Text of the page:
Community Plates: Food Swaps Designed To End Hunger

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Several North Market merchants donate surplus food to Community Plates which then transports it to local food pantries and soup kitchens.(Photo: Marilyn Smith, WOSU Radio)
Several North Market merchants donate surplus food to Community Plates which then transports it to local food pantries and soup kitchens.(Photo: Marilyn Smith, WOSU Radio)

Thousands of people in Columbus go to bed hungry every night, while restaurants, markets and bakeries find themselves throwing away leftovers because they have no way to get it to people in need. But one local group is trying to change that one road trip at a time.

North Market is just about to close and several vendors, including Bretzel and Omega, are gathering up whatever they didn’t sell to donate it to Community Plates.

Community Plates wants to end hunger in Columbus. On any given day, the US Agriculture Department says there are nearly 50 million Americans who don’t know where their next meal is coming from.

In Columbus, that number stands at more than 200,000. Community Plates started with a handful of volunteers and an idea.

Smart phone routes

Food routes are conveyed via social media or a smart phone app.

Food runners pick up leftovers from local restaurants and vendors and distribute them to local food pantries and soup kitchens using their own car.

Columbus Director Susan Keiser Smith says Community Plates has mushroomed since it began 2012.

“We’re growing very fast. At the beginning of the year we had about twenty volunteers and now we’re over a hundred. I think last month we rescued 9-thousand meals just in Columbus, Keiser Smith said.”

omegaEager to donate

Inside the market, vendors know Keiser-Smith by name and seem eager to donate their leftover food which on this night will go to Faith Mission on Grant Avenue. Brian Ellingwood is the manager of Omega Artisan Baking. He says they often bake a little extra just to donate.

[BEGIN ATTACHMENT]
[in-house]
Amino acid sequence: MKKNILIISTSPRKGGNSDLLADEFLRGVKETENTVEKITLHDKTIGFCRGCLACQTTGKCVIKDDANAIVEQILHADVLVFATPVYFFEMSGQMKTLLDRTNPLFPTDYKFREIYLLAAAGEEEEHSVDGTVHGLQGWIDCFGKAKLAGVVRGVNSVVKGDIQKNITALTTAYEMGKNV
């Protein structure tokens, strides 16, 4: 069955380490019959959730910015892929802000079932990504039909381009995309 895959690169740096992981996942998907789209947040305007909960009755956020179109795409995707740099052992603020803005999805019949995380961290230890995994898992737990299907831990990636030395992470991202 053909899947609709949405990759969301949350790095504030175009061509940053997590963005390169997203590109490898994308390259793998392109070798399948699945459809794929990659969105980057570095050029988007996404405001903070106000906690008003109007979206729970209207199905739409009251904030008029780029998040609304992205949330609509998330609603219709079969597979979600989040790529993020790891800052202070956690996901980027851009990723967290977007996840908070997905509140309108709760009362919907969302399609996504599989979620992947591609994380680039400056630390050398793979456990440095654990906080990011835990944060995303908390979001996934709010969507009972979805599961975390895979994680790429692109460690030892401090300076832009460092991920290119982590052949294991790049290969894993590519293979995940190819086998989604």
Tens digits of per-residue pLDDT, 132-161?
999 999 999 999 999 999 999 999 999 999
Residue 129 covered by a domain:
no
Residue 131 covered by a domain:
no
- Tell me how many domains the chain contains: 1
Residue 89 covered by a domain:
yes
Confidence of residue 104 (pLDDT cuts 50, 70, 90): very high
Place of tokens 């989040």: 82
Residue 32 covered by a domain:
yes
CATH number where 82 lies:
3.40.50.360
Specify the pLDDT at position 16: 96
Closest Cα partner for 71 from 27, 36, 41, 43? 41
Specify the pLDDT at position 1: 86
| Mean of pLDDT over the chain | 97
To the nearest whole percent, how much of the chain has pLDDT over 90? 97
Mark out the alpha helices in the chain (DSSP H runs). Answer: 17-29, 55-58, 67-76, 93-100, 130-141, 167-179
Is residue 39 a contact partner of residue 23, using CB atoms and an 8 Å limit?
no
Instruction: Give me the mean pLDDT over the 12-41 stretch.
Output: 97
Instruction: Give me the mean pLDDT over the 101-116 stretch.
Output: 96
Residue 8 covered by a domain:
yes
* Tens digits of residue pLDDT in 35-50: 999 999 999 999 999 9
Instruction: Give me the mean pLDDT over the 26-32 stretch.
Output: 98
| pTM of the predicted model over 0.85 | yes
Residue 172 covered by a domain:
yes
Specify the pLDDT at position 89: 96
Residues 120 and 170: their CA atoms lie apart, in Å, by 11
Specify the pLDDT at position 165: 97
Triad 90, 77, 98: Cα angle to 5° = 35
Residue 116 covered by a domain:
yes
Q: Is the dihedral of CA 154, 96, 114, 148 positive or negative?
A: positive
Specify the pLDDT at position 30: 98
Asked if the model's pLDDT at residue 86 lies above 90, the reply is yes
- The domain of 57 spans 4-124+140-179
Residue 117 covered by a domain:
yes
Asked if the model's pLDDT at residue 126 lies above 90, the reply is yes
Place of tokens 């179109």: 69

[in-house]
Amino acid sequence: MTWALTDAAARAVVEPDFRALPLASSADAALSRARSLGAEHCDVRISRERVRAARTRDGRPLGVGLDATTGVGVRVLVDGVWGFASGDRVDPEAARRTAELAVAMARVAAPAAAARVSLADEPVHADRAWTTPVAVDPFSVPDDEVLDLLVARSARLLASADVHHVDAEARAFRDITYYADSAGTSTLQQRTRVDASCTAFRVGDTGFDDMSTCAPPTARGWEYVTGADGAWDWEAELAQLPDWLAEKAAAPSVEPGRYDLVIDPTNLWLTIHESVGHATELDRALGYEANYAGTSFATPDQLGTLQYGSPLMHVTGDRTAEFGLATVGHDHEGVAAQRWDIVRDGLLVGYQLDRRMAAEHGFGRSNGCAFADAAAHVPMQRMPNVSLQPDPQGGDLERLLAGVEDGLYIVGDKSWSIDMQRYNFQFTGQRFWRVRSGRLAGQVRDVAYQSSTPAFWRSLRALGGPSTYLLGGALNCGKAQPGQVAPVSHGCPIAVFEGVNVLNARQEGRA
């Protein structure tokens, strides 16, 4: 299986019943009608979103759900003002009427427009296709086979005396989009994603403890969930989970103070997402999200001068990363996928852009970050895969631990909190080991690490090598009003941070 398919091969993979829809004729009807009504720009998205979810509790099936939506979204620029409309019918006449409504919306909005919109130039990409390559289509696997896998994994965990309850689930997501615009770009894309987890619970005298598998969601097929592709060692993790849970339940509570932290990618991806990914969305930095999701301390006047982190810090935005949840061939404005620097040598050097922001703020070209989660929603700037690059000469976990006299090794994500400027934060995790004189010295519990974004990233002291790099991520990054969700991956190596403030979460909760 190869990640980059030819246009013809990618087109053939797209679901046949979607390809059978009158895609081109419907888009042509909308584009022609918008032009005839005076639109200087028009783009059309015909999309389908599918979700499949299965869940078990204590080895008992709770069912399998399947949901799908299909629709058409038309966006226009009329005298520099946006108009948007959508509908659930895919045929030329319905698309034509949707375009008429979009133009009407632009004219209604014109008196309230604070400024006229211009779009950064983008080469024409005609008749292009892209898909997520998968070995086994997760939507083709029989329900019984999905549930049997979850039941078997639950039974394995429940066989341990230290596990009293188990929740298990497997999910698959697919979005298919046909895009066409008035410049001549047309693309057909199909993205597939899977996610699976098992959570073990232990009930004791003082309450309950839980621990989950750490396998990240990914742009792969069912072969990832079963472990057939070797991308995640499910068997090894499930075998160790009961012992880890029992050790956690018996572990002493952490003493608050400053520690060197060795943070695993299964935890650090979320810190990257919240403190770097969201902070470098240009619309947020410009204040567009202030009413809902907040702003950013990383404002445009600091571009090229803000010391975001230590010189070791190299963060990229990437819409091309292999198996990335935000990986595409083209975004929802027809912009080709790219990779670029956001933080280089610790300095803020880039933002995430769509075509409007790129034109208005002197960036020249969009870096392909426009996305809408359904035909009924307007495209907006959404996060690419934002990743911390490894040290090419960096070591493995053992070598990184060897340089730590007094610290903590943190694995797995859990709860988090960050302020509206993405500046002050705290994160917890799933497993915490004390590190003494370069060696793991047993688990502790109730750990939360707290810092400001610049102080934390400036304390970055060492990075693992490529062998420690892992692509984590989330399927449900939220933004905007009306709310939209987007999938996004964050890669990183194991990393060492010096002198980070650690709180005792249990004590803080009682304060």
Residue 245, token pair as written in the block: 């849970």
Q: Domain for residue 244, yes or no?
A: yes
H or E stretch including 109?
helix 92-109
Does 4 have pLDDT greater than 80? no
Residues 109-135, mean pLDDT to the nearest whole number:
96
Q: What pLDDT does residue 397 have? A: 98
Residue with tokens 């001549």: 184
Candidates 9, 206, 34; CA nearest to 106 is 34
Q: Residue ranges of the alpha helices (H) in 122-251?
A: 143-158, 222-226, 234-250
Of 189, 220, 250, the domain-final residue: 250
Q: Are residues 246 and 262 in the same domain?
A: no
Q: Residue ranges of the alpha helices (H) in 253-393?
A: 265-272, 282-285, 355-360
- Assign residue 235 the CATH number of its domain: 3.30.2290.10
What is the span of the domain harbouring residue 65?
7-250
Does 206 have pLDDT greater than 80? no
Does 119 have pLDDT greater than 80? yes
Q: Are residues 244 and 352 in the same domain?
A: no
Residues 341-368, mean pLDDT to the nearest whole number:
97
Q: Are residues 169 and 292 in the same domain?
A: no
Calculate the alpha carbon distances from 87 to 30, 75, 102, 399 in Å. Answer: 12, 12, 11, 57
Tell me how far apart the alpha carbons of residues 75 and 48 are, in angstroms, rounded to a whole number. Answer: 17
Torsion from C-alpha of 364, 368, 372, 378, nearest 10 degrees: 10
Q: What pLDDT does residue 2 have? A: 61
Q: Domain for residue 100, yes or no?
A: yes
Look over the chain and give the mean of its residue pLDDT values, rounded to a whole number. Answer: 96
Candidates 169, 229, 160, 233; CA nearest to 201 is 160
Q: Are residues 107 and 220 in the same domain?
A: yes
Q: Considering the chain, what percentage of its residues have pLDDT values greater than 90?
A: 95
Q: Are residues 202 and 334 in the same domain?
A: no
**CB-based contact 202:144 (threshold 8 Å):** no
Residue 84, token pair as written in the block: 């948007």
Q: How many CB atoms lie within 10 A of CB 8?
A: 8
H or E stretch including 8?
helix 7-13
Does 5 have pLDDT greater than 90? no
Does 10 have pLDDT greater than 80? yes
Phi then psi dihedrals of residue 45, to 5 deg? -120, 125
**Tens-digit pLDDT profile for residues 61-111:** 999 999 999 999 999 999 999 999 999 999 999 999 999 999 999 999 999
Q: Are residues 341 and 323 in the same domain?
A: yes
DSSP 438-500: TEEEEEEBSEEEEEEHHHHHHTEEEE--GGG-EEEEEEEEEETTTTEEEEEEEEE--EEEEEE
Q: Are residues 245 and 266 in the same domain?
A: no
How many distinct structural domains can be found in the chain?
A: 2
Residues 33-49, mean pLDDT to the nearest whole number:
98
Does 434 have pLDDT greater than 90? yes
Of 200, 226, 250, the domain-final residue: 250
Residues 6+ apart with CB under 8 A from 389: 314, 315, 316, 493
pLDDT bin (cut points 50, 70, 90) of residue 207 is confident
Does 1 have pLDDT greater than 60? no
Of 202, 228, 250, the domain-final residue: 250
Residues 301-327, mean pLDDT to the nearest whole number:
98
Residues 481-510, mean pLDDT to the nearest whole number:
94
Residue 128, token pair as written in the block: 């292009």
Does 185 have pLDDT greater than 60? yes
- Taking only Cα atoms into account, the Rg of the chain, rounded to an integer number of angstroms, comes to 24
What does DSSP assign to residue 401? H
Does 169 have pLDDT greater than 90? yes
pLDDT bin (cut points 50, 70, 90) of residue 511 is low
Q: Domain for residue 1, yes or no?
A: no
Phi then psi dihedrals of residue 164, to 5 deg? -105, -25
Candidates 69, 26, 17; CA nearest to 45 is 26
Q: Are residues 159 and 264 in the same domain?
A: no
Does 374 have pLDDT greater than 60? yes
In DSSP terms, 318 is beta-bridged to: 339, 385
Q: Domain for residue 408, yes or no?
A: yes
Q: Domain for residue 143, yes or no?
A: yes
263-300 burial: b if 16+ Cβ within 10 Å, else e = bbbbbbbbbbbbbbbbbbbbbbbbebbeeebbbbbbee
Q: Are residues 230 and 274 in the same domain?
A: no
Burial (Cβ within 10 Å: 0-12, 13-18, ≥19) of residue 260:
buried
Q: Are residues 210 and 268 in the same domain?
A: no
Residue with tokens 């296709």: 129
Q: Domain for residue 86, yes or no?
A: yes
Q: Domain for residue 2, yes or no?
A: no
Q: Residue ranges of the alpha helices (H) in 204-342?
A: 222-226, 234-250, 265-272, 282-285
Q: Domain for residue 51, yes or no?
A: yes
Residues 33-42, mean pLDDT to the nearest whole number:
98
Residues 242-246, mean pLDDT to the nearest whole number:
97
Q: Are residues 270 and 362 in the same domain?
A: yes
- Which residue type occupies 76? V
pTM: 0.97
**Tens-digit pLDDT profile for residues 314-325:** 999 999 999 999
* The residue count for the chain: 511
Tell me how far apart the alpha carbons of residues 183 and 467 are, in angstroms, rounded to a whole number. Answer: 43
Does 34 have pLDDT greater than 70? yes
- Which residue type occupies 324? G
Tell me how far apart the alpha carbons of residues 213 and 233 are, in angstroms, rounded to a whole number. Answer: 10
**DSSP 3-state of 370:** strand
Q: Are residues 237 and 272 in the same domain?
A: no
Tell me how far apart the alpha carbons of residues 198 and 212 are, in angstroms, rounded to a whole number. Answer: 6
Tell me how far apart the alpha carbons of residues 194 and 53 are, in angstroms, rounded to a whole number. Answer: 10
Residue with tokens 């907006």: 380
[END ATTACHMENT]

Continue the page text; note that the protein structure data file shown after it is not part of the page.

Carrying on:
“We’re happy when we have stuff. We just don’t want to throw it away. And if we can make use of it, we want to do that. And if we can feed people with it, all the better,” he said.

On this run, Omega donates six 5o-pound flour bags full of bread and rolls.

Handing over a big bag of her leftovers, Pam Tylka of Pam’s Popcorn is also enthusiastic. She used to donate her leftovers to another North Market vendor that sells farm raised meats.

“I’d rather see people eating it,” Tylka said. “If they’re not eating it, I give it to Bluescreek and one way or another it goes. I’d rather see people eating it than hogs.”

Over at Bluescreek, Assistant Manager Tim Struble hands over two very large bags of bones and meat scraps. He says avoiding throwing out usable food is important.

“The biggest thing that I see with Bluescreek especially is nothing goes to waste. There’s so much effort, so much love put into everything that we do, to see anything thrown away just really hurts us more than anything. So Community Plates is a valuable resource,” Smith said.

bretzelSurplus food

Market Manager Vernetta Kiser agrees. She says most of the Market’s food vendors want to donate surplus food.

“We see a lot of people throughout the day that are homeless. And a lot of merchants want to help. The way they do it is donate the food at the end of the day,” Kiser said.

Smith and her thirteen year old son, Parker, who’s along to help out, begin to pack up a grocery cart with tonight’s haul.

In addition to the breads and rolls from Omega, the popcorn from Pam’s and the bone and scraps from Bluescreek, the pair begins to pile in croissants and breakfast pastries from Pistachia Vera, pizza shells from Sarafina’s and pretzels from Bretzels.

meatDonating to soup kitchens

They drive the mile or so to Grant Avenue and East Naughten Street.

Upon arriving at Faith Mission the process continues…this time in reverse. Cook Barbara Smith greets them at the dock door. Smith says she is is grateful for the food.

“Pretty important to us. We use every donation that come in here,” Barbara Smith said.

Keiser Smith said it’s pretty important to 15 or 20 other soup kitchens and pantries in Central Ohio too. She says earlier this month Bob Evans Restaurants donated two thousand pounds of meat from its test kitchen in New Albany.

That donation was divided among four area charities including one that had never before had meat to serve its hungry visitors.

Including Columbus, Keiser Smith says there are four Community Plates Chapters across the county.

Two others are in Connecticut and one is in New Mexico.

A national spokeswoman said combined they provided nearly 400,000 meals last month. In Columbus that number topped 51,000. And Keiser Smith said Community Plates is well on its way to swapping 1 million meals in Columbus.

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